Another focus area is to give parents greater control and influence. Parents stated that they felt they had little choice when it came to choosing the right school for their child; that any choice was in fact removed. It was made clear that parents are the best sources of information about their child’s needs but that very often their voices are not heard.

Mr Terry then went on to talk about North Yorkshire being a Local Pathfinder for SEND. The council needs to identify gaps in provision and encourage better integration of services. They are aiming to achieve National Autistic Society accreditation for ASCOSS which may be difficult considering some parents experience (see above). I asked that they remove the requirement for students to apply to local post-19 colleges even when they had no hope of attaining the minimum entry level requirements. They seemed shocked and surprised that this was the case, agreed that it was pointless and promised to look into it.

He talked about the ‘Local Offer’ and that they were looking to introduce an element of residential living to provision in Scarborough. One of the parents present said that her children had chosen residential college courses because they wanted something to do after 4pm. I added that students are discouraged from mentioning extra-curricular activities when applying to these colleges becasue they are not supposed to be taken into account by the Local Authority. I also stated that courses needed to be ‘meaningful’ to students; not just opportunities for role-play. This is why residential living is an essential aspect of such courses.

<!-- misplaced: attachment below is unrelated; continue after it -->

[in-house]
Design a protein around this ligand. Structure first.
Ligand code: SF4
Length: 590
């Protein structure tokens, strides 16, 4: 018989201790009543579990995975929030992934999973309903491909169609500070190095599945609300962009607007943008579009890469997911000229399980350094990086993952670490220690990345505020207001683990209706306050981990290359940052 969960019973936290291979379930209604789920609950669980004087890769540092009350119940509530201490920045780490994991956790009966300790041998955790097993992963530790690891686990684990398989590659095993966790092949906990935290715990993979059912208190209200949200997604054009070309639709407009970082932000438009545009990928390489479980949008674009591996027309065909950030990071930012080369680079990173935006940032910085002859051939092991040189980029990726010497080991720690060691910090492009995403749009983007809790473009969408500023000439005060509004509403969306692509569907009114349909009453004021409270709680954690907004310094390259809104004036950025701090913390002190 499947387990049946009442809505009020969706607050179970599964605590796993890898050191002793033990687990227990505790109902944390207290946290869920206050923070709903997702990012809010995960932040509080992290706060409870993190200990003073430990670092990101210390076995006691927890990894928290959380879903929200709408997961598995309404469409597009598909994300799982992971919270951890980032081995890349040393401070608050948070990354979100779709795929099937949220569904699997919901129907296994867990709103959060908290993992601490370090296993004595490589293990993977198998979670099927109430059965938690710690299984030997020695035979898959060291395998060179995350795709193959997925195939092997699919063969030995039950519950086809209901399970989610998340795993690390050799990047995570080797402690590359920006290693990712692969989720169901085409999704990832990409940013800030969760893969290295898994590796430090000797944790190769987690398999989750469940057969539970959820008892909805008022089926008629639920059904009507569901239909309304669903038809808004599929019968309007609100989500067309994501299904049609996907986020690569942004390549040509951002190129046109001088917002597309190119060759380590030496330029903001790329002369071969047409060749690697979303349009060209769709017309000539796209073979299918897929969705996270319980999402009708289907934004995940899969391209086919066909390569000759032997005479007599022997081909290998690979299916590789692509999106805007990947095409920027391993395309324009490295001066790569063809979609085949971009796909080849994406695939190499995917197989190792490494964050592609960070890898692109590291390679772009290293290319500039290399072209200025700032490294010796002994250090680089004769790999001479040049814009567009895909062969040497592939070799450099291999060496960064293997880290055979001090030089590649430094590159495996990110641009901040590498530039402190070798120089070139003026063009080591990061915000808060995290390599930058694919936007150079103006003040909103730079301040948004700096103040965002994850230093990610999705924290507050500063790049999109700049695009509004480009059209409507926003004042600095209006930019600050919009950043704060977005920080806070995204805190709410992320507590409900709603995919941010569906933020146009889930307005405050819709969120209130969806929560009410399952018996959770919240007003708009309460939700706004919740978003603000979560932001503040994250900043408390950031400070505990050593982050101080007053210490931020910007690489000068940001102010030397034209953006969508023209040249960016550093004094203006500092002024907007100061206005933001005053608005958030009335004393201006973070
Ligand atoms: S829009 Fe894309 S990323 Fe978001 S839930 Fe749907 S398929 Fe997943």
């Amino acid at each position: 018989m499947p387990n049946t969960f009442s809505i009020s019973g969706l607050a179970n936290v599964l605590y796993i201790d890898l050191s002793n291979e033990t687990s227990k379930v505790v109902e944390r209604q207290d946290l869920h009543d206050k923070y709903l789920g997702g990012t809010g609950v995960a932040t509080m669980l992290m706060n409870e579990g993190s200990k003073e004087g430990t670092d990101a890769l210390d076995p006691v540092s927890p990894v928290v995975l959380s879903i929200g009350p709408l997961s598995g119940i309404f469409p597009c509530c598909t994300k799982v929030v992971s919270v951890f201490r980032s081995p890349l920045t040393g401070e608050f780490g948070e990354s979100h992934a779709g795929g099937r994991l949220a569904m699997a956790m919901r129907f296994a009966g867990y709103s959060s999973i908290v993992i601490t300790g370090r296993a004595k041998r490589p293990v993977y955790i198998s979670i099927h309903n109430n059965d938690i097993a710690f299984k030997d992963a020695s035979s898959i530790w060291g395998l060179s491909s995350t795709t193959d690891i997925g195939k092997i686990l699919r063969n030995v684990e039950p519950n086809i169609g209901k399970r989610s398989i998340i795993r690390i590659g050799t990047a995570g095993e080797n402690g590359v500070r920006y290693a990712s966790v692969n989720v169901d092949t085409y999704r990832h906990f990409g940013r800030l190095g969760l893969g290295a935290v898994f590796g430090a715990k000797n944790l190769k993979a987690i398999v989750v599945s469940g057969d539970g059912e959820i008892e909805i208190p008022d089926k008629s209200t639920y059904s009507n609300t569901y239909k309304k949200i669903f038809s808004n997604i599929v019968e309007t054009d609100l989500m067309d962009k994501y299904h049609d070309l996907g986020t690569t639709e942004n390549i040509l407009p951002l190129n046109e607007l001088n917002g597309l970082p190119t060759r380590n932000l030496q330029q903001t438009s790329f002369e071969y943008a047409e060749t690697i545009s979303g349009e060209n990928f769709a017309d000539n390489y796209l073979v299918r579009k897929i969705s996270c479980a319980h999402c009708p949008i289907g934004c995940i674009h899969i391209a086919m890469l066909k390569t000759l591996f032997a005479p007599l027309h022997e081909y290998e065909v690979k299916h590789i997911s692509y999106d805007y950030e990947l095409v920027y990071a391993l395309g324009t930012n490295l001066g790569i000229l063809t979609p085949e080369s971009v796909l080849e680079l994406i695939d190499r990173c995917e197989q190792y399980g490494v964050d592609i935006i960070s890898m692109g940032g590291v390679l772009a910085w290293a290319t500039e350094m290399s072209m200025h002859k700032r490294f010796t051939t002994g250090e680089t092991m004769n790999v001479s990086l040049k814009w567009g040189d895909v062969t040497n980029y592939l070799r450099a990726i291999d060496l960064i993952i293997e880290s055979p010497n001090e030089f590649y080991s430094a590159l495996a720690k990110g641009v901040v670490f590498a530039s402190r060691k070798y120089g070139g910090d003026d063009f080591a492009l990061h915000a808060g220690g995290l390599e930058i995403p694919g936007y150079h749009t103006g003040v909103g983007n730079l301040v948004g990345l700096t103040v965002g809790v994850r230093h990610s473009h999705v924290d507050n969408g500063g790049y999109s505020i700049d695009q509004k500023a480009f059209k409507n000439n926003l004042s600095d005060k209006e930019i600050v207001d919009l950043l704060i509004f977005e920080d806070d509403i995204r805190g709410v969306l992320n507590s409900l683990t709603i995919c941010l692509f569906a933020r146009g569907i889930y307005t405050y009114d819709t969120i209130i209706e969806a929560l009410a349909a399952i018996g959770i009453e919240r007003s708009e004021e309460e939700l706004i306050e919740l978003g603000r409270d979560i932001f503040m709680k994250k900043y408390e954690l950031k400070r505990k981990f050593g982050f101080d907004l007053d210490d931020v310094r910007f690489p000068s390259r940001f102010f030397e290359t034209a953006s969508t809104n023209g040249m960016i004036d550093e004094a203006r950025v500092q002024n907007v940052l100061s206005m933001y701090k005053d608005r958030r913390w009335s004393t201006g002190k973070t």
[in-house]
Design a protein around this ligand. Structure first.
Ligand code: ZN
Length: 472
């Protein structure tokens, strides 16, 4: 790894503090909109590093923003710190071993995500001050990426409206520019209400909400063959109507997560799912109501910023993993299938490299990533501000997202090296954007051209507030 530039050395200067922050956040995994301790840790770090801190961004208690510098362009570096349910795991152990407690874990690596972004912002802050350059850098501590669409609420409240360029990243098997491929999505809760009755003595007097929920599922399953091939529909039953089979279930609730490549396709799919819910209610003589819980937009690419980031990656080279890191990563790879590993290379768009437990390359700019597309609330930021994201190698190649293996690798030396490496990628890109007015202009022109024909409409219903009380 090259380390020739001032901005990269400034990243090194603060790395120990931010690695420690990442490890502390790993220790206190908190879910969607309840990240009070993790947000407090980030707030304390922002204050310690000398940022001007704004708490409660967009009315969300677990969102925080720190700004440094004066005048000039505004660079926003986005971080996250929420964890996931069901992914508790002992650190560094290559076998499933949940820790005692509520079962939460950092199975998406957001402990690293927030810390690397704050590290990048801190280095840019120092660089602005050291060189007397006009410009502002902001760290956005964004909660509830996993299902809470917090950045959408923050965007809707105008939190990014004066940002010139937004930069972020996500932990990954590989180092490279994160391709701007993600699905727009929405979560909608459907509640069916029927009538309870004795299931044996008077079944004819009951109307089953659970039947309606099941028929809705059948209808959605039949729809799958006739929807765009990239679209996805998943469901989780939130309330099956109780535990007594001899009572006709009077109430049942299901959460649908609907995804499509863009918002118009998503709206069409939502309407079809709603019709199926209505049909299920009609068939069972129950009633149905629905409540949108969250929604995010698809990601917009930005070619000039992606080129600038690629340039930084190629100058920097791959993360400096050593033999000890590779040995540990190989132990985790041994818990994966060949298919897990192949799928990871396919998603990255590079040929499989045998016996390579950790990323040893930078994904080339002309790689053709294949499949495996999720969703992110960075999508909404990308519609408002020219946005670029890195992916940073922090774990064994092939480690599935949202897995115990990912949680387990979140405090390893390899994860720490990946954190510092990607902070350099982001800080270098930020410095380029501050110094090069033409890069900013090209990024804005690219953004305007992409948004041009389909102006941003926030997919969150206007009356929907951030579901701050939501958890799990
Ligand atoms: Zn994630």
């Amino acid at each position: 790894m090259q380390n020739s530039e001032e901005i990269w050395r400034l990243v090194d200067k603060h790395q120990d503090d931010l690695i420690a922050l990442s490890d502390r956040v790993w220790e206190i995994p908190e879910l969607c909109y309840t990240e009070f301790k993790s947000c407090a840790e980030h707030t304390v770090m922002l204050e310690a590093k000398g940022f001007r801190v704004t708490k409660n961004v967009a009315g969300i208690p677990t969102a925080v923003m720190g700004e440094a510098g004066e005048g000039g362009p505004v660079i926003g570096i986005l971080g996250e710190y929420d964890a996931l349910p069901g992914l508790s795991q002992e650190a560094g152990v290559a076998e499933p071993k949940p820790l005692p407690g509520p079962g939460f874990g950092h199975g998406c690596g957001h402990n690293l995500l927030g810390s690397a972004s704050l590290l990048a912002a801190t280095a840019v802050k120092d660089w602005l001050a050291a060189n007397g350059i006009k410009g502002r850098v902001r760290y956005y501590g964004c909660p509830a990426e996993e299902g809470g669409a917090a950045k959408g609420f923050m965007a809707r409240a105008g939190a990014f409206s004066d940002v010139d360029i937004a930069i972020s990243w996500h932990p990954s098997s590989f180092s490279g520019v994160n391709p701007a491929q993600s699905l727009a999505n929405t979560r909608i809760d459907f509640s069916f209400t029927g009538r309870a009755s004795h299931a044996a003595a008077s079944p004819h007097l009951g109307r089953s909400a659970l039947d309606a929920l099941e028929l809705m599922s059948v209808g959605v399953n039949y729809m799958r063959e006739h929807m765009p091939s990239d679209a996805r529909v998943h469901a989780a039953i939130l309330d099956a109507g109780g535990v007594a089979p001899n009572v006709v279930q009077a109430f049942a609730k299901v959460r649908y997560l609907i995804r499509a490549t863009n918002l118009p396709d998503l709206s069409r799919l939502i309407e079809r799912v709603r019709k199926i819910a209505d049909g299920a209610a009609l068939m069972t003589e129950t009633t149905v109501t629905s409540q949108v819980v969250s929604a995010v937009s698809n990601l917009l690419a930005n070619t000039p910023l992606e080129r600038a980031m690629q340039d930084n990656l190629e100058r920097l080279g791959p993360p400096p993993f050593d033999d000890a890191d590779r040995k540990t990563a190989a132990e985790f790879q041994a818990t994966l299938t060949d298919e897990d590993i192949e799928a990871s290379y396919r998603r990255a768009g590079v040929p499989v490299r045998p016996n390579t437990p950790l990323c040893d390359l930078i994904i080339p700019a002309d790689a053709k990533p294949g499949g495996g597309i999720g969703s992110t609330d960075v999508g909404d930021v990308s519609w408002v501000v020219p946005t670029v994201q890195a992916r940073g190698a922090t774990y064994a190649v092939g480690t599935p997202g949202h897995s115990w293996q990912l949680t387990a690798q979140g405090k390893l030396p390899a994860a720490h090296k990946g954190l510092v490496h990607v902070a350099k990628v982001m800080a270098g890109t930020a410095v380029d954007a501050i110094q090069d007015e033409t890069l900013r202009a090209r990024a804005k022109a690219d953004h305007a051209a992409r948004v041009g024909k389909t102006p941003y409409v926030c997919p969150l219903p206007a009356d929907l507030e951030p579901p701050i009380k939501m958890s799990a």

Others attending the meeting were also able to highlight their own particular grievances. Mr Terry noted that they had had one or two cases brought to their attention at each consultation they had held and they had been able to look at them individually back at County Hall.

One parent noted that the provision of summer holiday activities was mired in unnecessary paperwork resulting in her son missing out on activities. Mr Terry did not see why multiple applications needed to be made.

Another parent who attended pointed out that the lack of social workers (there is only one) for the post-19 age group was having a serious impact on families in the Scarborough area. As a result she has two children who will be completing their studies at residential colleges this summer and will be coming home with no support package in place. She has been forced to resign from a job that she loves and which she is good at (in autism advocacy) as a result and pointed out that she and her adult sons will therefore become a burden to the state through no fault of their own.

I found this particularly depressing. What is the point of the council funding such expensive residential placements (approximately £40,000 per year) to give young people the independent living skills and job training they need if all they are going to do when they complete their courses is to end up back at home with mum and dad?